When we think of writing using computers, we typically imagine rows of fonts, smashing keys, and endless backspacing. Those actions go perfectly with the rigid nature of the digital world. Everything is precise and uniform, without the flair of personal expression.
The delicate art of calligraphy is typically ignored when computers are part of the topic, but why? Believe it or not, computers are not strictly limited to the rigours set by keyboards and fonts. With a little bit of effort, the stylish art of calligraphy can be smoothly performed—and perhaps even improved upon—using computers
Getting started with digital calligraphy
Unlike traditional calligraphy, there is no need for special pens, inks, or papers. Even better, no matter how much you practice, you’ll never run out of paper or ink.
However, if you are on a desktop machine, you will ideally want to purchase a stylus device like a drawing tablet. You will also want some quality software that comes with various brush presets, and preferably allows you to create your own. Luckily, these are much more affordable than you might think—I’ll go over some of your options further down.
For tablet and phone users, all you need is to pick a drawing app that suits your style. The touchscreen makes it all quite simple. (Although you may find that the basic drawing apps don’t have quite enough features, so I always recommend an app that specifically has calligraphy in mind.)
Once you have the essential tools, you can begin practising digital calligraphy, but your journey is only just starting. Here’s how to get the most of your calligraphy experience:
Digital calligraphy software
In order to be truly proficient at calligraphy using computers, you need the right software. Many of these cost a fair penny to purchase, but there are also some free alternatives that you can use if you are not ready to invest in a professional tool.
The most popular graphics software for professionals, Adobe Photoshop is the pinnacle of digital art. Though the software is expensive and rather complex, Photoshop excels at providing you with a multitude of different brushes. Many of the brushes are free, and the ability to use layers gives you the opportunity to blend and overlay your letters, creating effects that are difficult with a physical medium.
Adobe Photoshop also has many other features that can be of use to a calligrapher. You can simulate inks using special brush settings, sharpen and burn your lines to create special effects, or you can apply filters and turn your writing into something that looks truly from the digital age.
While Photoshop is generally more popular with digital artists, Adobe Illustrator is the cherished tool of digital illustrators. Much of the photo-editing fluff that comes with Photoshop is left out by Illustrator. It also has the added benefit of vector graphics, which means your writing can be easily scaled larger or smaller without loss of quality.
Adobe Illustrator also has a lower price point than Photoshop, meaning you do not have to invest so heavily. But of course, you also won’t have access to all the image editing features and extra effects that come with Photoshop.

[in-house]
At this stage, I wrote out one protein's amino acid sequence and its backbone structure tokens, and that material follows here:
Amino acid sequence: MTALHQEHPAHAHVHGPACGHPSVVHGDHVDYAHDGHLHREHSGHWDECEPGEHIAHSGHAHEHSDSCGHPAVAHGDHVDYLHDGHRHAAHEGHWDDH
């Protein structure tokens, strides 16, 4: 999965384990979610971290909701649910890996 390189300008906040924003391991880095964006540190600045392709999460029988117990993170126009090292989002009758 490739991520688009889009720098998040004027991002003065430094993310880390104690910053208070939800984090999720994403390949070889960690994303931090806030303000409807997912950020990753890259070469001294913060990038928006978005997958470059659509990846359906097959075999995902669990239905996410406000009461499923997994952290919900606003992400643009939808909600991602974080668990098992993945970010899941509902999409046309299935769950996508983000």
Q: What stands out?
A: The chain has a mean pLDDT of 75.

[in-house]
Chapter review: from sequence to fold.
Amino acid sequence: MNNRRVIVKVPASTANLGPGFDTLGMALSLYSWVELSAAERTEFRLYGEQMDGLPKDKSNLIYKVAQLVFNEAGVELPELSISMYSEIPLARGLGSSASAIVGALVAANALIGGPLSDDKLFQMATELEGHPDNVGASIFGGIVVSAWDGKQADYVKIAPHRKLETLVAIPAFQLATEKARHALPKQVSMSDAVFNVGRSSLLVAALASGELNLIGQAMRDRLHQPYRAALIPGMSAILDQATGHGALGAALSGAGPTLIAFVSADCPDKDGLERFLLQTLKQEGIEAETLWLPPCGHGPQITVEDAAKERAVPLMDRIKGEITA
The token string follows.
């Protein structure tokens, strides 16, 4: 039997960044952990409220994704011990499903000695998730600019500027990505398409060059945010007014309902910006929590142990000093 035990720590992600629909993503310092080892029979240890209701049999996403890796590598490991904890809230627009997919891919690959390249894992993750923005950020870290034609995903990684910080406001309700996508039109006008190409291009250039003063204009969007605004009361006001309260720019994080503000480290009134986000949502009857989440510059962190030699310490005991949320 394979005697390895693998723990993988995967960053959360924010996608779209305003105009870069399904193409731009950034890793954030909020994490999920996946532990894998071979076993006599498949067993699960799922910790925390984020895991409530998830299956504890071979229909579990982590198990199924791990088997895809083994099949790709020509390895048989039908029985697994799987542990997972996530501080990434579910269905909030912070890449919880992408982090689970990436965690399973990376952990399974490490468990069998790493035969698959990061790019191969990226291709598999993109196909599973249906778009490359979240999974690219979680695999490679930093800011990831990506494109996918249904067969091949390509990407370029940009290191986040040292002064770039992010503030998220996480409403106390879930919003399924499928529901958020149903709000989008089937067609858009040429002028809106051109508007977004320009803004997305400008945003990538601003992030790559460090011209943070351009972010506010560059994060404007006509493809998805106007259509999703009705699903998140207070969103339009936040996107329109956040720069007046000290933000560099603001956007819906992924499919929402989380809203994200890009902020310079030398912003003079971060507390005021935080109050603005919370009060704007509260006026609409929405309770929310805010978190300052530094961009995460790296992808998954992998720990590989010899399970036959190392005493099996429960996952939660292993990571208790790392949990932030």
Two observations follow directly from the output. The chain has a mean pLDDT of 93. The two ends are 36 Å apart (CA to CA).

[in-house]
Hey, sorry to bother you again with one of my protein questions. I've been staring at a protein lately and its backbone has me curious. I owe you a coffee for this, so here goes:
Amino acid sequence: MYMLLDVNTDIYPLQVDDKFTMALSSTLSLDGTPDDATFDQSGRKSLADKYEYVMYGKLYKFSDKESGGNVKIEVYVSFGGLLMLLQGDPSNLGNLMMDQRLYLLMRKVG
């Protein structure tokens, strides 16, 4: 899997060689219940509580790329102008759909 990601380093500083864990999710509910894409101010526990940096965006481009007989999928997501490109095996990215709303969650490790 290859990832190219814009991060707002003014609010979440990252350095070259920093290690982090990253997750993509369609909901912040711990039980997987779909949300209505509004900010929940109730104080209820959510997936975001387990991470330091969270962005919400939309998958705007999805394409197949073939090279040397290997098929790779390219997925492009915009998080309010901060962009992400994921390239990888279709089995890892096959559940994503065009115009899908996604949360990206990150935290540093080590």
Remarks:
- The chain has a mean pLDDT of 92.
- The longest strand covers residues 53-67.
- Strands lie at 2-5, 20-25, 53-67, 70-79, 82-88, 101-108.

GIMP is a free, open source alternative to Adobe Photoshop. Most of the features available in Photoshop are available in GIMP, and without the cost. The disadvantage with GIMP is that its interface is not as streamlined as Photoshop, so there might be a longer adjustment period.
In addition, GIMP is not supported by as many graphics tablets as Photoshop, so if you’re shopping for a tablet, do make sure it works with your software.
Calligrapher (an app for Android)
One popular app for calligraphy is Calligrapher. This app has simple features for pens and pencils and works with your phone’s touch screen. There are calligraphy-focused features like slope angle and line thickness, as well as pen colour and transparency.
Of course, you won’t find as many bells and whistles as Photoshop or Illustrator, but it is a great calligraphy tool for your phone.
Digital calligraphy devices
If you really want to express your writing in style, you’ll need to invest in a digital calligraphy device. These range from simple smartphones and tablets to digital drawing tablets that are made to simulate pen and paper.
These devices may or may not have a screen, but they will always have a stylus for natural drawing and handwriting. The most popular brand is Wacom, which produces a range of devices from the low-cost Wacom Intuos Draw (which does not have a screen and is aimed at beginners) to the professional grade Wacom Cintiq, which has a touch screen and can be used as intuitively as your brush and canvas.
Smartphones and tablets
These devices naturally have a touch screen, and many have the ability to utilise a stylus pen. They are normally not as accurate as drawing tablets, but their touch screen provides an simple transition from physical to digital if you’re looking to get started quickly and easily.
Is it time to go digital?
If you’ve always wanted to try calligraphy, but hesitated at investing in pens, nibs, ink, paper and lessons, why not try digital calligraphy instead? It’s as easy as installing digital calligraphy software on your desktop computer, or getting a simple calligraphy app on your smartphone.
Hopefully this guide will have whet your appetite for stylised writing in the digital world—and if you’d like more info on calligraphy in general, make sure to check out this beginners guide to doing calligraphy.